Pearson: Not surprisingly, the President brought up impeachment early in his speech. While this crowd is very supportive of President Trump, the electorate is more evenly divided, and polls show Independents are increasing their support for the impeachment inquiry. A key question for vulnerable Democratic members of Congress is whether the president is correct that impeachment will lead to a backlash against Democrats. In the 1998 midterm elections, following Republican-led impeachment of President Bill Clinton in the House of Representatives, Republicans lost five congressional seats, defying the historical trend in which the President’s party loses seats in midterm elections. (2002 is the only other recent exception to that trend, Republicans gained seats). The circumstances are quite different, so it’s unclear if this historical example means much, but unless Republican elected officials turn against President Trump, public opinion will continue to be divided along partisan lines.
Stahl: Trump said “the do-nothing Democrats … believe it should not be a crime to cross our border illegally.”
The Washington Post found that several Democratic presidential candidates were in favor of repealing “criminal penalties for people apprehended while crossing the border,” while others were opposed to that.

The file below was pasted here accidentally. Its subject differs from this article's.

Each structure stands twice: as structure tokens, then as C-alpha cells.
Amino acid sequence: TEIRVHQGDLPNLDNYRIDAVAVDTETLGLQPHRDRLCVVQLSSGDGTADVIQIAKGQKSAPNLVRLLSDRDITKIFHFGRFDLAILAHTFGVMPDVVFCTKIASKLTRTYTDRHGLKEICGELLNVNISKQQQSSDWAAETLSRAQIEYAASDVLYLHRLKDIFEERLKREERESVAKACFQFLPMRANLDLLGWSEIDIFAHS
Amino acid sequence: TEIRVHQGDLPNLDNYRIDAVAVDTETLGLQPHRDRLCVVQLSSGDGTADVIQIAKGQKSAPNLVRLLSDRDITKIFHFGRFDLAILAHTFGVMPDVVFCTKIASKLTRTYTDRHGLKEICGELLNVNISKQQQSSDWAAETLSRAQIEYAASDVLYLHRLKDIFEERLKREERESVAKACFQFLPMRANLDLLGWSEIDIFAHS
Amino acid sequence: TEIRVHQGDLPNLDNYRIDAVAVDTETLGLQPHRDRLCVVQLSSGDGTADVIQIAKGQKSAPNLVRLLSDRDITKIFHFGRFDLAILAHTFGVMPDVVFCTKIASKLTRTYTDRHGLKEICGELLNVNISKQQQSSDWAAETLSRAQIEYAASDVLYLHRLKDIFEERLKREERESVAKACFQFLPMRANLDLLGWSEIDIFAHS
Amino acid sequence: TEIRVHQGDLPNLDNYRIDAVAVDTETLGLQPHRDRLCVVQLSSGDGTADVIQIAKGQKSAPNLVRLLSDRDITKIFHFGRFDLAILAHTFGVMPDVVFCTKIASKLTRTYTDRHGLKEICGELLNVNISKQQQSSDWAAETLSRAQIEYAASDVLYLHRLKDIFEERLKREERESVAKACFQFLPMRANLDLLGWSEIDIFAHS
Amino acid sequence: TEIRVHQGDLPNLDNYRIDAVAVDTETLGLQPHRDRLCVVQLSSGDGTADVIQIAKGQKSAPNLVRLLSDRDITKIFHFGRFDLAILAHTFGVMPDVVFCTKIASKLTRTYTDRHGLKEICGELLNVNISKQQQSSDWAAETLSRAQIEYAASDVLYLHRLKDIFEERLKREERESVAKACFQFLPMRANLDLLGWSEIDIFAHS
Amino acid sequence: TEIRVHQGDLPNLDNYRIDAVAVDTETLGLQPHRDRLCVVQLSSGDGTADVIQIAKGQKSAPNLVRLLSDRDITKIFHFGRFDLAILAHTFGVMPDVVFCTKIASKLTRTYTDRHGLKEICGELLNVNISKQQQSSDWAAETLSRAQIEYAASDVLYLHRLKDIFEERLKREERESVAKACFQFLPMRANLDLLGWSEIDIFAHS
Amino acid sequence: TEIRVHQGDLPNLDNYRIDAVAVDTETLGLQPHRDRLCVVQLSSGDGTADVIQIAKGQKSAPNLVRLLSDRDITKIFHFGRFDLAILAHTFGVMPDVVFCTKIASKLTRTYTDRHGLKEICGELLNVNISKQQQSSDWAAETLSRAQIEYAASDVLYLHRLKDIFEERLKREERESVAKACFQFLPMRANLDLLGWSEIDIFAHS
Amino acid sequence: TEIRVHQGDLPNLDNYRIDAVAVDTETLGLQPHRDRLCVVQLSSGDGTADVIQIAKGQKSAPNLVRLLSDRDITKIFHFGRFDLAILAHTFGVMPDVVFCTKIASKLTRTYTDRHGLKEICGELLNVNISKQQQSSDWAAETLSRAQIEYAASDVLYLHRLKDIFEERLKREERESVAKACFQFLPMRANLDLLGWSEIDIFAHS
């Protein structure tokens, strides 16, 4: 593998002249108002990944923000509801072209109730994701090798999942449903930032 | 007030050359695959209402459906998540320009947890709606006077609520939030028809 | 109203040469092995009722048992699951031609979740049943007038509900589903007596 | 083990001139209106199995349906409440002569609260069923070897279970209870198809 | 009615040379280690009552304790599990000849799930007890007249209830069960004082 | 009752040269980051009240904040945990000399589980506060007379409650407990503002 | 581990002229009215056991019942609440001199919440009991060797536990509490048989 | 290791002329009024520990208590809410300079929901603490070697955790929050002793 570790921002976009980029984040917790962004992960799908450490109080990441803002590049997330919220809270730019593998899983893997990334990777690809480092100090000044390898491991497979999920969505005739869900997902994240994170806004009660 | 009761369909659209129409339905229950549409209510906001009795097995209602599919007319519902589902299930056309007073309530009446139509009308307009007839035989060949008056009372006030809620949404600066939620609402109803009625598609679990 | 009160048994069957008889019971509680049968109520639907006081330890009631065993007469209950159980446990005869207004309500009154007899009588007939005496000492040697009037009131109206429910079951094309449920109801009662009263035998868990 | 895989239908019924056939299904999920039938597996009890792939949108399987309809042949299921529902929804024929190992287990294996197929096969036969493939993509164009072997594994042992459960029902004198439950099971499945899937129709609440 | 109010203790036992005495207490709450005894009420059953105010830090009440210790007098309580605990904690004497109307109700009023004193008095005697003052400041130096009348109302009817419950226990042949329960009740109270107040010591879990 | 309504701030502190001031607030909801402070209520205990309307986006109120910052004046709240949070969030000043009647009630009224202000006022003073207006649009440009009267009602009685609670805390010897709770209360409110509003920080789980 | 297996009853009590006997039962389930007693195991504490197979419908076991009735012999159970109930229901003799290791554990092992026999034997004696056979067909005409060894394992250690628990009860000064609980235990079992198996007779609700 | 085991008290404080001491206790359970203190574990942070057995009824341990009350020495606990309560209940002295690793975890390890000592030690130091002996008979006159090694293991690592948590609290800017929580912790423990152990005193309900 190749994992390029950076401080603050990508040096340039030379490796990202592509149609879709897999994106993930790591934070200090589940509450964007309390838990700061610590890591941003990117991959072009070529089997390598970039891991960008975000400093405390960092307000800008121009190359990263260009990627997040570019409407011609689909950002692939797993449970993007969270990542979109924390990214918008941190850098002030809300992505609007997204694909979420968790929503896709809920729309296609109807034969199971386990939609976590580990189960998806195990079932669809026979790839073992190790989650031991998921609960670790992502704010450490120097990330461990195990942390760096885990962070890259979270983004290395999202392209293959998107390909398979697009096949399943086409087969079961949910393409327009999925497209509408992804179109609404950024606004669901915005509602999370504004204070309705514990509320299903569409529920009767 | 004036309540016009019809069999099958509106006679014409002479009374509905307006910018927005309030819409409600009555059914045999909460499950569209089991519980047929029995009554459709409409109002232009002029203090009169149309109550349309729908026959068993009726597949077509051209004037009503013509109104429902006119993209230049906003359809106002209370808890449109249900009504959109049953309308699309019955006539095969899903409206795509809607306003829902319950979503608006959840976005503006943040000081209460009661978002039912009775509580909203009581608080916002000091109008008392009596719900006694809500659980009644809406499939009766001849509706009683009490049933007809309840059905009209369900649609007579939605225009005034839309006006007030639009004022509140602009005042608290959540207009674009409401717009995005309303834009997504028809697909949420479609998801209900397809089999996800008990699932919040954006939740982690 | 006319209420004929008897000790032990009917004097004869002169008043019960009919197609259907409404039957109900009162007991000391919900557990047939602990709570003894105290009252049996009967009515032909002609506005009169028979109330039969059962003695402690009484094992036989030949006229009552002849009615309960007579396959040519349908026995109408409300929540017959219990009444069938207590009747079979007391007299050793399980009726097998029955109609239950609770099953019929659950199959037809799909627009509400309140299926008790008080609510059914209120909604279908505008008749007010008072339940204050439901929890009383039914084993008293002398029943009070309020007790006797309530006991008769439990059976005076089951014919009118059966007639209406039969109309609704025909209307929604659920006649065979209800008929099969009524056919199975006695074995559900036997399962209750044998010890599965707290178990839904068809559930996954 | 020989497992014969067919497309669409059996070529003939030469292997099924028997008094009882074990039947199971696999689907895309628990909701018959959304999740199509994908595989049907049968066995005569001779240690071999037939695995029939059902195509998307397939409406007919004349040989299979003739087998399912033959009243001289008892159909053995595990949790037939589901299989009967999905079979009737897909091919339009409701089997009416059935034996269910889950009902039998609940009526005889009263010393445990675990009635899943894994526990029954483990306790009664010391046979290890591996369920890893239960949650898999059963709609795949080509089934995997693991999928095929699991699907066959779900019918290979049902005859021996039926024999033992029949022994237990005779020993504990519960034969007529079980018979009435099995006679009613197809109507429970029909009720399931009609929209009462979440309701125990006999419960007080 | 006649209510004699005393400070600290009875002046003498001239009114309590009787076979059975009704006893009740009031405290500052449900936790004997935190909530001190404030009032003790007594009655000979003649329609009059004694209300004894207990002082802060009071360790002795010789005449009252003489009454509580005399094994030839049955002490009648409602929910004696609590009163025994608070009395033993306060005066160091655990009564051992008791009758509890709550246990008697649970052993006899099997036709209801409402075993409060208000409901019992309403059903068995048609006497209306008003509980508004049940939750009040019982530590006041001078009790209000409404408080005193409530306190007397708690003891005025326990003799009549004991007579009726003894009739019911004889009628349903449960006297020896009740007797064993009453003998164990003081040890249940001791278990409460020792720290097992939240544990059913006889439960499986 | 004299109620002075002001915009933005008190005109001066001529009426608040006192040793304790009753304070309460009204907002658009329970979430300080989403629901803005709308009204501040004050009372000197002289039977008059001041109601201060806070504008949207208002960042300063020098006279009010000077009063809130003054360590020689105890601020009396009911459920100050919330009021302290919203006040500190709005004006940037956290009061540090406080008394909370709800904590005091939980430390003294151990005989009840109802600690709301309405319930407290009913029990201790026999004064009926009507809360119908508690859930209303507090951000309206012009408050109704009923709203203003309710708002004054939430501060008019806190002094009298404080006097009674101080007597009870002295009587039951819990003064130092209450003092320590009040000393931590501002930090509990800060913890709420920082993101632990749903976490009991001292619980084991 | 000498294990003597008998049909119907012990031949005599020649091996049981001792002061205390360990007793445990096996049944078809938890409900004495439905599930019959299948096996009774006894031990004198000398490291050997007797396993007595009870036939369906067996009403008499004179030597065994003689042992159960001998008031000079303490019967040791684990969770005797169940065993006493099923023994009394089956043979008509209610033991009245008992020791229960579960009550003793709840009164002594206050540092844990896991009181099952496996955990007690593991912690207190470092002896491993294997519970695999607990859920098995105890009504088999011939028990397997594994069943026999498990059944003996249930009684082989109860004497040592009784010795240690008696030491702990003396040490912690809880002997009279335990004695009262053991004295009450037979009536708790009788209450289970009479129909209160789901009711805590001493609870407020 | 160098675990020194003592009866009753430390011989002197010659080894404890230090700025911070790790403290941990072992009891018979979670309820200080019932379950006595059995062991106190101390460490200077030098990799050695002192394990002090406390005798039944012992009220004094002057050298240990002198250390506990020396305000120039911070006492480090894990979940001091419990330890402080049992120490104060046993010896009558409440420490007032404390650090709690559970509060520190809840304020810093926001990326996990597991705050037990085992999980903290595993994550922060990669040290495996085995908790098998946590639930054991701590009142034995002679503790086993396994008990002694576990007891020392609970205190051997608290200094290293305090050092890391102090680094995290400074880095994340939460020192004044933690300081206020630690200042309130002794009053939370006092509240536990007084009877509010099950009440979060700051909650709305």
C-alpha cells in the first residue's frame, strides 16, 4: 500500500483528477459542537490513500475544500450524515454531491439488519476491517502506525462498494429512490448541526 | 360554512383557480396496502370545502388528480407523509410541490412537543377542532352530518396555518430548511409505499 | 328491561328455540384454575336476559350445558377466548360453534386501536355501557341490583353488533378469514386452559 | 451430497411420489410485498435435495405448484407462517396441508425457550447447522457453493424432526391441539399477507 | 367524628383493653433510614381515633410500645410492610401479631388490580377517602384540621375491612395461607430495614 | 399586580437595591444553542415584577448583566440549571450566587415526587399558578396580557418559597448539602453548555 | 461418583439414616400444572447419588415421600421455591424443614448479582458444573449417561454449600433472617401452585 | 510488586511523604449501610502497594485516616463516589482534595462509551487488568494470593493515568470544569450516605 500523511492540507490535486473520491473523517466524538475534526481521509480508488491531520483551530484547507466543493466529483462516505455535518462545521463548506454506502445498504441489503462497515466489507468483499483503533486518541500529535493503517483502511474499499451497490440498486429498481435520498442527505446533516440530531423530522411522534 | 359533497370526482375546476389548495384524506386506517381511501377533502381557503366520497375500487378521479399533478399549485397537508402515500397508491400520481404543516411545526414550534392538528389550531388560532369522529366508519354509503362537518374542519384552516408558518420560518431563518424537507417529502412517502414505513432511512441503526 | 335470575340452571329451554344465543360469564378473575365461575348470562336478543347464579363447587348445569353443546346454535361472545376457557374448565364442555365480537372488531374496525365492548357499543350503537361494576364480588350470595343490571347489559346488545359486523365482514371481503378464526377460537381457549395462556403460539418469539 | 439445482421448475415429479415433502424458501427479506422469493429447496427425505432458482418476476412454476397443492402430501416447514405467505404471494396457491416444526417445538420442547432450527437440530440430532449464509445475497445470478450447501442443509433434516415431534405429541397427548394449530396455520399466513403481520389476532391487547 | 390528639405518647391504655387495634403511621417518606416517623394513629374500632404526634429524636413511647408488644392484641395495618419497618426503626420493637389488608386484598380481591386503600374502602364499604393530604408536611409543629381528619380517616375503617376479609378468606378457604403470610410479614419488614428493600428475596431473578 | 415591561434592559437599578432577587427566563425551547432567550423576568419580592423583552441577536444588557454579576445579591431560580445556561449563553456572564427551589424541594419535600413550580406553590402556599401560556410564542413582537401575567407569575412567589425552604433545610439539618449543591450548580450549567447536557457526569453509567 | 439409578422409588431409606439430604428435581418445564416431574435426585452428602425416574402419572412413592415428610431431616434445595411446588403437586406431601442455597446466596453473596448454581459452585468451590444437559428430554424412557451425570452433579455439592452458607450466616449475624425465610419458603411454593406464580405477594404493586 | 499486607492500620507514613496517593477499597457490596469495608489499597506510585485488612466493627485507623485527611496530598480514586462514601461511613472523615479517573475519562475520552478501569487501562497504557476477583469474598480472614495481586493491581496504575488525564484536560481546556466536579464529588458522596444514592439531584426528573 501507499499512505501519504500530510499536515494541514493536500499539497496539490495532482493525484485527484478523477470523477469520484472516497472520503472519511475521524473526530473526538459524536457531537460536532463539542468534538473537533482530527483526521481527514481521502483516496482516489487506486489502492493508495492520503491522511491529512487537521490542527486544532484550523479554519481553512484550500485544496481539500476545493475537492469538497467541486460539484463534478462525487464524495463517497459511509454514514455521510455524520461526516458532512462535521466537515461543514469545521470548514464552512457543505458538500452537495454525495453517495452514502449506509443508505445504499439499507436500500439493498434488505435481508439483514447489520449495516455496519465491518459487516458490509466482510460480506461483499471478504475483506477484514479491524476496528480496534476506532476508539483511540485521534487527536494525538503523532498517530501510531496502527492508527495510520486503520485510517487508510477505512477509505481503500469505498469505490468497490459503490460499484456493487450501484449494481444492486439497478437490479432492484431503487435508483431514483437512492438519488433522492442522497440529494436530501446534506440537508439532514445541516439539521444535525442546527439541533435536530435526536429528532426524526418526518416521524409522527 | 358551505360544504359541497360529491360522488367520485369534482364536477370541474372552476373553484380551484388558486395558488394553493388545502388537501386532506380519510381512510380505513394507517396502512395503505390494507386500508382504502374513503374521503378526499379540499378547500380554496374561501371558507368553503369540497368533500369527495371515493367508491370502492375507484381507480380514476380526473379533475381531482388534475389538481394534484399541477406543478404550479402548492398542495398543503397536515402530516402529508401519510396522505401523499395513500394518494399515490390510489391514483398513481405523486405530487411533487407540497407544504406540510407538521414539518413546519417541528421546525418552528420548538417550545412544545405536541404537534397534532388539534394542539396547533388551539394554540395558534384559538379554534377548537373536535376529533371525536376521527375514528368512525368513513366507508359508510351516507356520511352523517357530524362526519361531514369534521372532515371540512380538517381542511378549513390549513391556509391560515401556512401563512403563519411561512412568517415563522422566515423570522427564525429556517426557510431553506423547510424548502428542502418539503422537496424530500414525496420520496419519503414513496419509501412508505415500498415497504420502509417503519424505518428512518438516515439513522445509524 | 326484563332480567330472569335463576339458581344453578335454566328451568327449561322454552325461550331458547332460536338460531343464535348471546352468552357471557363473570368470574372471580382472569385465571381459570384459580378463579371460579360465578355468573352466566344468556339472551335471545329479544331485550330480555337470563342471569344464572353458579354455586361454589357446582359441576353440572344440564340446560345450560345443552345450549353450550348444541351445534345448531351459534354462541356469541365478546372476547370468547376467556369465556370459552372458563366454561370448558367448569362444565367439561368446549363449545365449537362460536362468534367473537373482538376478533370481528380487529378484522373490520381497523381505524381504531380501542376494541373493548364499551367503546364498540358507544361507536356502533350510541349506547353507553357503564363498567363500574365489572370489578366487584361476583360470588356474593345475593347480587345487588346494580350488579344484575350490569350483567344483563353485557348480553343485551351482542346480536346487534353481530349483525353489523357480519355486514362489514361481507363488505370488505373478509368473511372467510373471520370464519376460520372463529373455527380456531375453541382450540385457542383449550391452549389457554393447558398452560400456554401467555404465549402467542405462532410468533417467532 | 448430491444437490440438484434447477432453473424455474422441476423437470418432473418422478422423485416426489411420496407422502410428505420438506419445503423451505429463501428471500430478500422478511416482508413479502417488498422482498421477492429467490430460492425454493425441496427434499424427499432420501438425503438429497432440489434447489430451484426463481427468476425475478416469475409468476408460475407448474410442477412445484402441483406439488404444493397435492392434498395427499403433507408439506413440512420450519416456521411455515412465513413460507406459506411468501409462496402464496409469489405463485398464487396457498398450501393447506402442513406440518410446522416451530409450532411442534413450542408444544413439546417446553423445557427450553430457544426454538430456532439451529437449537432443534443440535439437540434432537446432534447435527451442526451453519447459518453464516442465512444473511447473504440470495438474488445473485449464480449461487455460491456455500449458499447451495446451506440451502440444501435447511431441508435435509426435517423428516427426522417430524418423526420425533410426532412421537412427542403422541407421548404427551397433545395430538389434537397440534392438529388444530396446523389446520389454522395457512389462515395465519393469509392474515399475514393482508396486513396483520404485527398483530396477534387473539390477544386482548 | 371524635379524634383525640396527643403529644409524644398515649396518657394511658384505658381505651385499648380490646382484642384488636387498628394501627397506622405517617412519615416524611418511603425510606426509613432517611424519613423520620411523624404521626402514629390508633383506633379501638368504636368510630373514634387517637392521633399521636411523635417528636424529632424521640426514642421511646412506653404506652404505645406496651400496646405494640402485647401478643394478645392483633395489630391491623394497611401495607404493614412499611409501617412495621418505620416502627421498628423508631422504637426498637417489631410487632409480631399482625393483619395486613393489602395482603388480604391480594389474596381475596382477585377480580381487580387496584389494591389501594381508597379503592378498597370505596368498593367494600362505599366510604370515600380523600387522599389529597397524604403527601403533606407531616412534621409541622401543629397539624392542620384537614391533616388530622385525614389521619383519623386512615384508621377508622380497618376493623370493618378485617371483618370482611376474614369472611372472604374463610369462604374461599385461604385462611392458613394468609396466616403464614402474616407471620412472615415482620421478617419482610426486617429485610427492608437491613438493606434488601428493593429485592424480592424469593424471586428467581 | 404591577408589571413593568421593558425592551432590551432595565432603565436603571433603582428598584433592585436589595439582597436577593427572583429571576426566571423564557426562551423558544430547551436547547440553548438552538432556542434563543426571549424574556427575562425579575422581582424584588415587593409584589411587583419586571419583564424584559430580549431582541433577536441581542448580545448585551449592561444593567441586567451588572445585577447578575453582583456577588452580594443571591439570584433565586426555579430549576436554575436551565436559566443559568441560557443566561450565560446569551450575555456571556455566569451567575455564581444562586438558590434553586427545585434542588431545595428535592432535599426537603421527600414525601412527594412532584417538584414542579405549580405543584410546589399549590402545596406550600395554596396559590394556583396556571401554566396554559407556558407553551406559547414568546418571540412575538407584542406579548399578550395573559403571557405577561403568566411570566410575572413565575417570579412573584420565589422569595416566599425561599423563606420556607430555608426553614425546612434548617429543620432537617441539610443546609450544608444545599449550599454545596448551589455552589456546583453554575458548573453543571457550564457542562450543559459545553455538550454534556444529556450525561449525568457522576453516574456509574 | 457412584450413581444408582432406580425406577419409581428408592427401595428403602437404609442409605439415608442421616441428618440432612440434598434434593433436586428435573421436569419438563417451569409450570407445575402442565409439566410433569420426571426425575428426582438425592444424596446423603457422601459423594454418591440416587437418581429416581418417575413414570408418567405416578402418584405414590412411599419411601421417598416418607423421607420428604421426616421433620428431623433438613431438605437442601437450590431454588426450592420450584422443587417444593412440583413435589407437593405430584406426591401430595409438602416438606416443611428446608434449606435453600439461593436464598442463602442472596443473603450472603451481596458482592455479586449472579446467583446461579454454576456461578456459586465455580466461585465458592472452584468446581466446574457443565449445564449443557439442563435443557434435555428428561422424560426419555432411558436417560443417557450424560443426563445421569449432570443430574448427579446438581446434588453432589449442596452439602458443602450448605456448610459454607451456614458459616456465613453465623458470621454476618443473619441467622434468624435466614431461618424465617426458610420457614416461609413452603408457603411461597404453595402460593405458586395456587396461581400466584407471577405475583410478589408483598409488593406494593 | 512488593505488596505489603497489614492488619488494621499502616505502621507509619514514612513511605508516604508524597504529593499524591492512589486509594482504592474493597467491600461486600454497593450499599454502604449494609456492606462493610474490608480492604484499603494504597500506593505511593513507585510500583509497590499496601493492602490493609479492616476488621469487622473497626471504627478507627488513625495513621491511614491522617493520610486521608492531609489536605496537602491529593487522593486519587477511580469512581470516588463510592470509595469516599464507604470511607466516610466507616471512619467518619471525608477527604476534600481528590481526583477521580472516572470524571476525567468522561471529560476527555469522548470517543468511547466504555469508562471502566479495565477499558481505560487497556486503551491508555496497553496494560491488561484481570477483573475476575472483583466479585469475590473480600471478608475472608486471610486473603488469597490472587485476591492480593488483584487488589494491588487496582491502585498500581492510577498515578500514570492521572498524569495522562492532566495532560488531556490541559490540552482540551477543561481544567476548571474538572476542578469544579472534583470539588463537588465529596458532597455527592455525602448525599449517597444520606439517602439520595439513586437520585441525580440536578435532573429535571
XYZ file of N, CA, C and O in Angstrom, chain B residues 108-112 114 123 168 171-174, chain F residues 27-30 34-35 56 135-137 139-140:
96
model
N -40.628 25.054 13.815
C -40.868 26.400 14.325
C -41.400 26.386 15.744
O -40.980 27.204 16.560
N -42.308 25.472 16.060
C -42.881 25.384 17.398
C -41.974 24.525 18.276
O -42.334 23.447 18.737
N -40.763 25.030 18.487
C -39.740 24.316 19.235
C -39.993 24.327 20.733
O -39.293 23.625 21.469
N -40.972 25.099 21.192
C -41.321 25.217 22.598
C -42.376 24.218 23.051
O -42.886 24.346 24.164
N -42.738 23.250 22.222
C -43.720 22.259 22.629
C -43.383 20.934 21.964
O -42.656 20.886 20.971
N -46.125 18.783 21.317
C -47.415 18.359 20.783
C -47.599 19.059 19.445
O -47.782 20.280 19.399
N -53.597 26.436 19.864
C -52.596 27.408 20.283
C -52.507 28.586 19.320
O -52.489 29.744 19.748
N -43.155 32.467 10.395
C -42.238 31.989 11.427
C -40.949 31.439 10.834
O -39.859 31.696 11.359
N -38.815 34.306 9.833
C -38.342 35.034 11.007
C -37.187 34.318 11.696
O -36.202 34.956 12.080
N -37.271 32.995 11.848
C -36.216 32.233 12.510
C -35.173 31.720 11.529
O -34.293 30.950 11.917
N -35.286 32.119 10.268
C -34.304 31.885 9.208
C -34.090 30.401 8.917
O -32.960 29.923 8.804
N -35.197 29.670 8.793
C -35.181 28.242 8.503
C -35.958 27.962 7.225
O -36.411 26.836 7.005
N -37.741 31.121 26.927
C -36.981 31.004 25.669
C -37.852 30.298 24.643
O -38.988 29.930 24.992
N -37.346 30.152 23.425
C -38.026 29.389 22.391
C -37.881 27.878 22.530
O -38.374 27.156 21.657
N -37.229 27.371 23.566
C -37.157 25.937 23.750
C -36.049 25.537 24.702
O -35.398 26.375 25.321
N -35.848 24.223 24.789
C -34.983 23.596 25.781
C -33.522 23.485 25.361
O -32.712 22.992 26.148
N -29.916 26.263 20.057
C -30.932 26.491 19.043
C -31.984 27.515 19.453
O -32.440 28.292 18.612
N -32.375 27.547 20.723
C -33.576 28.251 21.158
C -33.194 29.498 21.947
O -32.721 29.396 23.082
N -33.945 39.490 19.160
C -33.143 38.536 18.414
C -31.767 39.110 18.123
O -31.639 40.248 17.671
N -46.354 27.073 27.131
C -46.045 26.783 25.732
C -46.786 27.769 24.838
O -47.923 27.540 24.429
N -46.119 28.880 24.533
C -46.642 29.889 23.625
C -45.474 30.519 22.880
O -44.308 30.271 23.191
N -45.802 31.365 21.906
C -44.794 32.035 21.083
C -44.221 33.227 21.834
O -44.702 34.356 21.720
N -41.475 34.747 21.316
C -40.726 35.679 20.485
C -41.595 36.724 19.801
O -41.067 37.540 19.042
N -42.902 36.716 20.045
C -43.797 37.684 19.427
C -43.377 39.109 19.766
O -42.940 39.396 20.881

Lagoe: President Trump is discussing his Ukraine accusations about Joe Biden and his son Hunter.
NBC News has investigated the President’s Joe Biden-Ukraine accusations and has found no supporting evidence for them.
Stahl: Trump claims that Hunter Biden received $1.5 billion from China. The non-partisan FactCheck.org says the Trump campaign has provided no evidence to support the claim – and an attorney for Biden’s son has denied it.
Stahl: Trump says of the Hunter Biden allegations, “It’s not unsubstantiated you crooked son of a guns. It’s 100 percent true.”
The FactCheck.org story says “Hunter Biden was involved with the cross-border equity consortium in question, but the $1.5 billion was what the fund hoped to raise in 2014 for investments. It is not the value of the management company in which Hunter Biden now holds a minority share.”
Stahl: Trump spoke about Mueller’s 18 angry Democrats.
Trump is referring to the prosecutors on Robert Mueller’s team, a claim he’s made in the past. Although a Washington Post review found that 13 of the 17 members of Mueller’s team had previously registered as Democrats, while four had no affiliation that could be found.
Pearson: The president has generally not talked about his policy proposals or accomplishments, he is mainly focused on attacking on his political opponents and the “dirty political establishment” and talking about himself. He doesn’t need to win over his most loyal supporters who are cheering him on in person, but it’s a missed opportunity to reach the television audience or generate new headlines.
Hrapsky: The president claims Minnesota U.S. Rep. Ilhan Omar has made “violent anti-Semitic screeds”
Rep. Omar first received backlash for a 2012 tweet in reference to an Israeli military attack in Gaza. The tweet read “Israel has hypnotized the world, may Allah awaken the people and help them see the evil doings of Israel.”